The £20m plant is expected to capture 40,000 tonnes of carbon dioxide each year, which will reduce TCE’s carbon emissions by over 10 per cent.
In what is claimed to be a world-first, carbon dioxide captured from energy generation emissions will be purified to food and pharmaceutical grade and used as a raw material in the manufacture of sodium bicarbonate (Ecokarb). According to TCE, this process is patented in the UK with further patents pending globally.
The carbon capture plant, supported with a £4.2m grant through the Department of Business, Energy and Industrial Strategy’s Energy Innovation Programme, will see TCE make net zero sodium bicarbonate and one of the lowest carbon footprint sodium carbonate products in the world.
In a statement, Martin Ashcroft, managing director of TCE , said: “The completion of the carbon capture and utilisation demonstration plant enables us to reduce our carbon emissions, whilst securing our supply of high purity carbon dioxide, a critical raw material, helping us to grow the export of our pharmaceutical grade products across the world.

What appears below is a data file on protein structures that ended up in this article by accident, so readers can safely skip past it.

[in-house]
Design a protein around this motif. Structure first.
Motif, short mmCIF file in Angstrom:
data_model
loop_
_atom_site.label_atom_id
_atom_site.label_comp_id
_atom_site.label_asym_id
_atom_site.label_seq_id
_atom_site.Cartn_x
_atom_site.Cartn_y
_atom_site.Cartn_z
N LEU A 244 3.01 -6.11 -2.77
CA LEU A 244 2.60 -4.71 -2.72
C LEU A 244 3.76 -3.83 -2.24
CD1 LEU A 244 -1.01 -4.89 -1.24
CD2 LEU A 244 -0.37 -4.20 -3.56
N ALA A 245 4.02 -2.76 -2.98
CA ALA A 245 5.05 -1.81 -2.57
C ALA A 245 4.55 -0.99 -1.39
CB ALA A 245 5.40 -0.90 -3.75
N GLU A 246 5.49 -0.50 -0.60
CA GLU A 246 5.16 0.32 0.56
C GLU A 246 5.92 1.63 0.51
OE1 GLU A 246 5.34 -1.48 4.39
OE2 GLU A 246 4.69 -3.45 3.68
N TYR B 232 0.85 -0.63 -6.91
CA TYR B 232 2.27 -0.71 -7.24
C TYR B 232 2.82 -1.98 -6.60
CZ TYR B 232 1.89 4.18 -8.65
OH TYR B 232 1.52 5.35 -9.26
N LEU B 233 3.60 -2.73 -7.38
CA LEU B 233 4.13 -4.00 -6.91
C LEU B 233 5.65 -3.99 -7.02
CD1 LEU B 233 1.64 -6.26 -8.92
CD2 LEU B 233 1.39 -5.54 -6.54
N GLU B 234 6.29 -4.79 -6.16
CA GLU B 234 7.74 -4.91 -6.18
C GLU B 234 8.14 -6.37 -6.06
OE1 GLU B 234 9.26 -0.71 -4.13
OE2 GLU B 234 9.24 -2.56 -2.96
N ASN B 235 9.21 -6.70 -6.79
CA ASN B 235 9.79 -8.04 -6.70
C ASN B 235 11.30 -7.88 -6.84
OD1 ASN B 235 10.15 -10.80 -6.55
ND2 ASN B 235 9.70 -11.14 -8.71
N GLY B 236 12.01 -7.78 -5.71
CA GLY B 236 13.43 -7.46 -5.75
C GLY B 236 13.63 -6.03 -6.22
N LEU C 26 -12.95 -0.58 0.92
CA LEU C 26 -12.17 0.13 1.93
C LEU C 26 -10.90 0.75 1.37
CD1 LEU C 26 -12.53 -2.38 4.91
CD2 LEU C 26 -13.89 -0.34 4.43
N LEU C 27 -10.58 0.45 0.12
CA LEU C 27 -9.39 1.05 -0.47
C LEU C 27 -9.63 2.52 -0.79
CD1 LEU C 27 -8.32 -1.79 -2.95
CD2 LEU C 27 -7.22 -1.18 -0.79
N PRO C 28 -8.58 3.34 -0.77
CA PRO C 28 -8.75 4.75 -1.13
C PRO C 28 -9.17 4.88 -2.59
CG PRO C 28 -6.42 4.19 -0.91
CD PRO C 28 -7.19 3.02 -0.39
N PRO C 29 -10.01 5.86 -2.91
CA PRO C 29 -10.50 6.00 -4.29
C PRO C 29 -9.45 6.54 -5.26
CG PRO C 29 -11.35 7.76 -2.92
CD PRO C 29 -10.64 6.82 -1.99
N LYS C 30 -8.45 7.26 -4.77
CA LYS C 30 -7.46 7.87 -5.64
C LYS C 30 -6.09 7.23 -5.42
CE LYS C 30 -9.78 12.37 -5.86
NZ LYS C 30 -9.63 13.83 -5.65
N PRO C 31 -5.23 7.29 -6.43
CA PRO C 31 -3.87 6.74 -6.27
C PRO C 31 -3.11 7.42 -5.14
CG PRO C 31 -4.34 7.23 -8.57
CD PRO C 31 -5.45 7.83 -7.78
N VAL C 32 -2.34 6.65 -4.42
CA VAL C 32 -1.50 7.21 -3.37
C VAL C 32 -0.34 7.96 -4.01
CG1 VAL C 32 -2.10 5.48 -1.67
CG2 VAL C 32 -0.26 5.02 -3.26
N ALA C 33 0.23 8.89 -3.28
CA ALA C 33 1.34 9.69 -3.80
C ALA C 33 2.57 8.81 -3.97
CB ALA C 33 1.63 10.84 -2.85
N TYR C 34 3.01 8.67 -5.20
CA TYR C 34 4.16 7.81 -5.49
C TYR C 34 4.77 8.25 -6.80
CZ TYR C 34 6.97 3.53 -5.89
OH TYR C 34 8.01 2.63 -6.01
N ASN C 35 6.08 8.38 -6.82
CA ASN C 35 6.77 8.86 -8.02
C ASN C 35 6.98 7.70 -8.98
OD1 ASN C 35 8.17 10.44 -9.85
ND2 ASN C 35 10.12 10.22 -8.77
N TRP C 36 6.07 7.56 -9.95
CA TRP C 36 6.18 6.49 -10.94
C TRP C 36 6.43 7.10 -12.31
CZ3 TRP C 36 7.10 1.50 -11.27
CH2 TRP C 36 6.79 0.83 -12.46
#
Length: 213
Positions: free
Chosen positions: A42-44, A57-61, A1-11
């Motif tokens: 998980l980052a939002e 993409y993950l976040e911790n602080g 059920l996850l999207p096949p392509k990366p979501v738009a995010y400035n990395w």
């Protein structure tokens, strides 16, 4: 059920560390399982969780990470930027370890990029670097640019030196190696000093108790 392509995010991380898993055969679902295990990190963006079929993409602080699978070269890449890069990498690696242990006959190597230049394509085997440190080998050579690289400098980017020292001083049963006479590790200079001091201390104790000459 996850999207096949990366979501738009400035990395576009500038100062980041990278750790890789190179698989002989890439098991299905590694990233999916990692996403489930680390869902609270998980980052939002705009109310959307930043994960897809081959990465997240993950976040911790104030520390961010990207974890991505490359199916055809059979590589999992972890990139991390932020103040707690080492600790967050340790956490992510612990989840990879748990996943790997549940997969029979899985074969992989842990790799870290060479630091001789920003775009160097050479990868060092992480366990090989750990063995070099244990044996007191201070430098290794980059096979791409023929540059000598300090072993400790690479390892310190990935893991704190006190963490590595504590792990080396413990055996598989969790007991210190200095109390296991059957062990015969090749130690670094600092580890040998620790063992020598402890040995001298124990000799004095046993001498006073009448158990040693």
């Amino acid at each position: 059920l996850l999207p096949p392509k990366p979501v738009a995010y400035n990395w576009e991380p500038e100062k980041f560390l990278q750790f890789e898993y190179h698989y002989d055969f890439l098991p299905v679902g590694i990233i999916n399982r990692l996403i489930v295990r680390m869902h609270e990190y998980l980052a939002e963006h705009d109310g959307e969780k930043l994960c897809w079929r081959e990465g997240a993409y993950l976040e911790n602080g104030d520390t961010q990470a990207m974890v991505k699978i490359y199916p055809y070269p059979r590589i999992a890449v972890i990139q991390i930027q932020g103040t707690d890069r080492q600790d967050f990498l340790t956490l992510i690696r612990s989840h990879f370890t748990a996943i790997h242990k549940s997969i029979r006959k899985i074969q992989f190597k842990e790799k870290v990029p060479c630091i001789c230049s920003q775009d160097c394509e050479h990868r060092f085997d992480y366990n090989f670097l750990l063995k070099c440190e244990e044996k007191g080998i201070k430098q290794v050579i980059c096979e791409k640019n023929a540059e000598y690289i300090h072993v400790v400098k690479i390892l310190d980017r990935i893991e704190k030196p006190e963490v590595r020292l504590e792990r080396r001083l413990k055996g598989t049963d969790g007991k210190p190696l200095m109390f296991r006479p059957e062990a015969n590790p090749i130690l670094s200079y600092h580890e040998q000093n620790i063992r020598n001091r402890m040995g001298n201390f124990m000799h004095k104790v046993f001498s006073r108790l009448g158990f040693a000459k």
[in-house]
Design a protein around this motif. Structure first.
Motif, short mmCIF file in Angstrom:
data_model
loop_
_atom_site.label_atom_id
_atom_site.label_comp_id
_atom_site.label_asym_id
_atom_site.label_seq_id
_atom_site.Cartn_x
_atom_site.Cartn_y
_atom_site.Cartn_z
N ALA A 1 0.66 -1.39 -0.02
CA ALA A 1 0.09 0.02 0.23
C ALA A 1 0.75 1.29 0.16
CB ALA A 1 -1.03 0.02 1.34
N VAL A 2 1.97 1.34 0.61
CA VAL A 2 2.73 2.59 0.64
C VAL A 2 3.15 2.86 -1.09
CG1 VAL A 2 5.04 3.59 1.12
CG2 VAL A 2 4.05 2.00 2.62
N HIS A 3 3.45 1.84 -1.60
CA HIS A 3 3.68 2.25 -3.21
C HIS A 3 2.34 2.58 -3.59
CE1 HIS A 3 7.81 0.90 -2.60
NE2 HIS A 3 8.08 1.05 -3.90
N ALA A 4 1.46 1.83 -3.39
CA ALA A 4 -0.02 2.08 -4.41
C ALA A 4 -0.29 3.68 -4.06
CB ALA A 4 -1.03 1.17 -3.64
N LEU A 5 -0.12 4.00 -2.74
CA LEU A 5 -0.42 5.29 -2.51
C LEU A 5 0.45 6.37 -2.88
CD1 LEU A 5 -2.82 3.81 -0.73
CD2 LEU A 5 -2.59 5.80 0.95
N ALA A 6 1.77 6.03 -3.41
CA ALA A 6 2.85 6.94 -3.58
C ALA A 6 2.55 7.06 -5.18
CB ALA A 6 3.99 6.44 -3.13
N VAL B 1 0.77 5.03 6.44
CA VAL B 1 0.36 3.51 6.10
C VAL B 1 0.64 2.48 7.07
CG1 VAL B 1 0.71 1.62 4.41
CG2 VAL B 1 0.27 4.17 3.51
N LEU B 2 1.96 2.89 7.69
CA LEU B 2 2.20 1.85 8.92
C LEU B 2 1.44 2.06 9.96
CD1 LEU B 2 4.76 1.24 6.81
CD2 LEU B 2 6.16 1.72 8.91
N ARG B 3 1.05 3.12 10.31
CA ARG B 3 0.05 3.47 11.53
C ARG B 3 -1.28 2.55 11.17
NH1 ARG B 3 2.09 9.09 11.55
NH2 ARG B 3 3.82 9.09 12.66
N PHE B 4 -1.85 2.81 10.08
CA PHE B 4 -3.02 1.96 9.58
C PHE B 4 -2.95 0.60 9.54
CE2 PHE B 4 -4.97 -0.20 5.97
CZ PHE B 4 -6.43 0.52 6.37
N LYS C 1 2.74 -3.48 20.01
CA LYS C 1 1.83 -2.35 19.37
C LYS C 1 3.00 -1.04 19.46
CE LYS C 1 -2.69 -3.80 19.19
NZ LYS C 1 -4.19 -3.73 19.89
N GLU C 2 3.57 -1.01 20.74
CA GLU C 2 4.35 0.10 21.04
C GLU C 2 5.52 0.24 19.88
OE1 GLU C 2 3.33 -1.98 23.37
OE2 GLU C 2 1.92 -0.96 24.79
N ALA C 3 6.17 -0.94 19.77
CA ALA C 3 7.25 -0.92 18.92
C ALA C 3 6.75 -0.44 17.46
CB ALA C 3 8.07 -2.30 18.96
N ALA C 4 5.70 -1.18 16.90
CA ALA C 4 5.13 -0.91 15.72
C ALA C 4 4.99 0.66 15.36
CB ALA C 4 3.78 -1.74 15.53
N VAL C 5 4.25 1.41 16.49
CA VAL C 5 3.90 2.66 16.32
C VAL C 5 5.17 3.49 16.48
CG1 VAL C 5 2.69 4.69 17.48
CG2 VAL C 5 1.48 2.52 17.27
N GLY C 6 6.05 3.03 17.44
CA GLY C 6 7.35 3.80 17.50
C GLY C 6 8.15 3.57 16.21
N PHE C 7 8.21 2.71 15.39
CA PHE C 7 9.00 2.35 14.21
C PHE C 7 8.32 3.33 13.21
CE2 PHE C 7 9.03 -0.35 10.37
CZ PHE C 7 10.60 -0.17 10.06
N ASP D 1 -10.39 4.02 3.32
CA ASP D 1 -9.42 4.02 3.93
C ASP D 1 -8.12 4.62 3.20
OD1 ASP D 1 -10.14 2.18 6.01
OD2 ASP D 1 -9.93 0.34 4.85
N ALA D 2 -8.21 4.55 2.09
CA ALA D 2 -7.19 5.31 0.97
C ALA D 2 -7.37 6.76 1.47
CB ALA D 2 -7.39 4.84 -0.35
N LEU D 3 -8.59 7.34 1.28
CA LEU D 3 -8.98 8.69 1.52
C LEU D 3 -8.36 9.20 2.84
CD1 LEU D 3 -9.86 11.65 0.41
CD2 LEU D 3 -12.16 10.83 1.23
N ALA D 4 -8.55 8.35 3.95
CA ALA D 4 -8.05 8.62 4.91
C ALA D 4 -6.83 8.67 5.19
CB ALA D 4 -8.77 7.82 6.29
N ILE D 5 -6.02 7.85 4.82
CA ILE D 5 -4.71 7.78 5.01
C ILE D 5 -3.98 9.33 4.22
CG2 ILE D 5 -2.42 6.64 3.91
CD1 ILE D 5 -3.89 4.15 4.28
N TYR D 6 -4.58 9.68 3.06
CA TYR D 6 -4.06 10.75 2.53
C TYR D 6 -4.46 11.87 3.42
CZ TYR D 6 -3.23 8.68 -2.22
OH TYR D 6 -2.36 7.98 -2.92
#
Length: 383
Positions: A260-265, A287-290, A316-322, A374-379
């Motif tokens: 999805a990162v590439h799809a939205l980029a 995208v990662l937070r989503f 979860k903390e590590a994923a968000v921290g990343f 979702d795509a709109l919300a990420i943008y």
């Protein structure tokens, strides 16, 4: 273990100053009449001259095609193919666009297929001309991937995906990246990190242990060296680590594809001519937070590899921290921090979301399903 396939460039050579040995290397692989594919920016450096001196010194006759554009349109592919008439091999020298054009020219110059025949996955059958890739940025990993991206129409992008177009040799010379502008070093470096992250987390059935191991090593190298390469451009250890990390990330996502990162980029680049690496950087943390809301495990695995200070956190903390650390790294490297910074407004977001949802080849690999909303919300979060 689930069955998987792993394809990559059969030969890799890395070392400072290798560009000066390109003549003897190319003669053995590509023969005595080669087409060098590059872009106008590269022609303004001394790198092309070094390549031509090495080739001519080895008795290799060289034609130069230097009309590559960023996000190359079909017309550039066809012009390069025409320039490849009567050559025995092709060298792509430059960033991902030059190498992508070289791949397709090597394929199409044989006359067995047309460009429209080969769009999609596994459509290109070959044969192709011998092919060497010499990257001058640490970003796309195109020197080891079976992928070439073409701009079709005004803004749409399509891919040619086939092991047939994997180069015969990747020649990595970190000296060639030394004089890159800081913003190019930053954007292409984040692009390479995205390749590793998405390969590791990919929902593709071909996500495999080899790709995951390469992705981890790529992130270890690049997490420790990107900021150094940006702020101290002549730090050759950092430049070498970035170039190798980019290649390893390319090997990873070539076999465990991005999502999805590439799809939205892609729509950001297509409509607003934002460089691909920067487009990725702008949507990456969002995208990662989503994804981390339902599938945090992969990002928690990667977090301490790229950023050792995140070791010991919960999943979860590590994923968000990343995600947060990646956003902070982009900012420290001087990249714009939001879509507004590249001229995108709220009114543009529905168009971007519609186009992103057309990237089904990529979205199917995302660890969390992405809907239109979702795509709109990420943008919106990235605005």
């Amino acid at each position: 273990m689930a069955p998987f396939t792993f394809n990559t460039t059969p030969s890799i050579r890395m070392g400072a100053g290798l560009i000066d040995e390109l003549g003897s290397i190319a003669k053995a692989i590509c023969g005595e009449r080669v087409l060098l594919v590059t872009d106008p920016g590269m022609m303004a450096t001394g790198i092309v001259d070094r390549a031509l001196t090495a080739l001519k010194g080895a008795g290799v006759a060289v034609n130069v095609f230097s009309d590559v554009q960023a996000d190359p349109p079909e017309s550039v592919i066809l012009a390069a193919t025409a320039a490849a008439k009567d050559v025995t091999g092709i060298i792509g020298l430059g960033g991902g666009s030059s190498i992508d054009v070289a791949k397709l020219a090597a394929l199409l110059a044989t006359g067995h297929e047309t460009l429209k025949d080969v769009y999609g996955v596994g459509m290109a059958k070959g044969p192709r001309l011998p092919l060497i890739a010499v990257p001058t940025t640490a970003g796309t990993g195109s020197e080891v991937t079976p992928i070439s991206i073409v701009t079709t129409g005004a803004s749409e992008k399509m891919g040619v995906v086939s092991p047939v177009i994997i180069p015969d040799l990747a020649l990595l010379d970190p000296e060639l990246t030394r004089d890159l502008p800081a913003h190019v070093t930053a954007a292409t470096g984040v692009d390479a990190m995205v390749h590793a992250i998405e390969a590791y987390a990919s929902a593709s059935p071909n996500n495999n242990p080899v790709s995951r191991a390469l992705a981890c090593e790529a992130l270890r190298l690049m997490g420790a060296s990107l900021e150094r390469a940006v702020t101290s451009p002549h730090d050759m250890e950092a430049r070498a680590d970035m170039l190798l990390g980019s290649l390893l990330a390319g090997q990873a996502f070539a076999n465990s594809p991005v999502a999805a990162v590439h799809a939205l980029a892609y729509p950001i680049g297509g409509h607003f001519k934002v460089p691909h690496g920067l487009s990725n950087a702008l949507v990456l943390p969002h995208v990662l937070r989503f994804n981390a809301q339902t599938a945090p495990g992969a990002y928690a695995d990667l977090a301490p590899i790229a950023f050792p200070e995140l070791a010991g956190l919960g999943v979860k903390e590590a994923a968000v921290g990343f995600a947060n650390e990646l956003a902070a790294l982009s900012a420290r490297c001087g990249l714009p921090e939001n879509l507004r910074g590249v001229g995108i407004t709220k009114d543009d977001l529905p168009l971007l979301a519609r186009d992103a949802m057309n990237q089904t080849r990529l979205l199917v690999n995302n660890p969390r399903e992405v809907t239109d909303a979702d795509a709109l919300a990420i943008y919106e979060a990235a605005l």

“With the support of our parent company, Tata Chemicals, and BEIS, we have been able to deliver this hugely innovative project, enabling our UK operations to take a major step in our carbon emissions reduction journey. Since 2000 we’ve reduced our carbon intensity by 50 per cent and have a clear roadmap to reduce this by 80 per cent by 2030.”
He continued: “This project is a great example of business and government together rising to the challenge of decarbonising energy intensive industrial manufacturing. The innovation to create this unique process is a major step forwards in the green industrial revolution and has been recognised by the award of a UK patent and patents pending in key territories across the world for the process.”